As longtime readers of this blog know, there's nothing new about cats roaming neighborhoods, stealing things.
But a cat in England recently added a new technological twist to this. A spate of missing keys in a neighborhood in London turned out not to be an epidemic of contagious forgetfulness, but the work of a cat named Milo who wore a magnetic collar.
The collar was designed to open a cat door, but Milo's owner discovered that she had found another use for it when she caught the cat arriving home with a set of keys dangling from her collar.
She found 12 sets of keys in her back garden and eight dotted around her home – as well as another six sets which were found in neighbour's gardens after they dropped off Milo's collar as she prowled through their gardens.
She said she had also found dozens of metal items scattered around her house, including nails, pins, screws and bolts.The cat's owner says that "luckily neighbours have seen the funny side of it," but it's sobering to think of what a less ethical cat owner could do with the idea. However, anyone in England thinking of enlisting a cat as a partner in crime should think twice. Not only are cats untrustworthy, it's possible that police are cracking down: in Kent, two officers were recently sent to investigate a cat that stole a roast chicken from a neighbor's kitchen.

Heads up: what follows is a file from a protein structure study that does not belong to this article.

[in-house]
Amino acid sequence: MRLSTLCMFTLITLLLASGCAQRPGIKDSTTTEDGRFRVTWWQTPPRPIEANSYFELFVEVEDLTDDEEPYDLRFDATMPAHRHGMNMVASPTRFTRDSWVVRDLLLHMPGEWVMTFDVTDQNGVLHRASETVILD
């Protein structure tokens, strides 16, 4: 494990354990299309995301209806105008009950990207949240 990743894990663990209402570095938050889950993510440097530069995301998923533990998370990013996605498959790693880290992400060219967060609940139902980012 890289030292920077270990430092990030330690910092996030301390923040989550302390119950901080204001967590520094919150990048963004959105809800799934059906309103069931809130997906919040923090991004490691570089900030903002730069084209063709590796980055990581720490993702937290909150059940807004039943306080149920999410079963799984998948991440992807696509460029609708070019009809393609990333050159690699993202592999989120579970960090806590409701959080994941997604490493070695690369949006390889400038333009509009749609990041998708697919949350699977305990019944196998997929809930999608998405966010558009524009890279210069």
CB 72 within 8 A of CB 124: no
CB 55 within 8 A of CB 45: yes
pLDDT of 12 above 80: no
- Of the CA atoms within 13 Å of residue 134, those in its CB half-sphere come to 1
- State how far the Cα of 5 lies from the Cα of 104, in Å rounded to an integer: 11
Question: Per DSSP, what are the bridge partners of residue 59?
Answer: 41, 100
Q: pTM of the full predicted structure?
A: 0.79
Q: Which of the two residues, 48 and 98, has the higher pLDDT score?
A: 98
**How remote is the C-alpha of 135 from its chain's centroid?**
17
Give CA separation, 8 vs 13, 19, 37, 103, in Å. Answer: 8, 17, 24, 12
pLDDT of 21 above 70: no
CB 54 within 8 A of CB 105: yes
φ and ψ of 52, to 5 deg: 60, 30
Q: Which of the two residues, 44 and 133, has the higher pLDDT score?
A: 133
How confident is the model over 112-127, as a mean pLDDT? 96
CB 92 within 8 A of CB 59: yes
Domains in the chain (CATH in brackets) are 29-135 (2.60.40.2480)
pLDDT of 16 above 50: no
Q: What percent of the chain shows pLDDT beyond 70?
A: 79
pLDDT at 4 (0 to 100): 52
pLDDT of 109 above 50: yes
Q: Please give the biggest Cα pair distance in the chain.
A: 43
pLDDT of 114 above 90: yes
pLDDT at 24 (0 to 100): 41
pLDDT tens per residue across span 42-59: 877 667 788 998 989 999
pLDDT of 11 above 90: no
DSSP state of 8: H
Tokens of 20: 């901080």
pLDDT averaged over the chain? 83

The incident has raised controversy amid claims that the cost of dispatching the officers on such a case added up to £2,000. But the victim says that this was "the tip of the iceberg" of a long string of offenses and the chicken was merely "the last straw."
And a police spokesperson defended the response:
"The caller raised issues to do with a cat but also ongoing concerns for her quality of life."As a cat owner myself, I know exactly what they mean.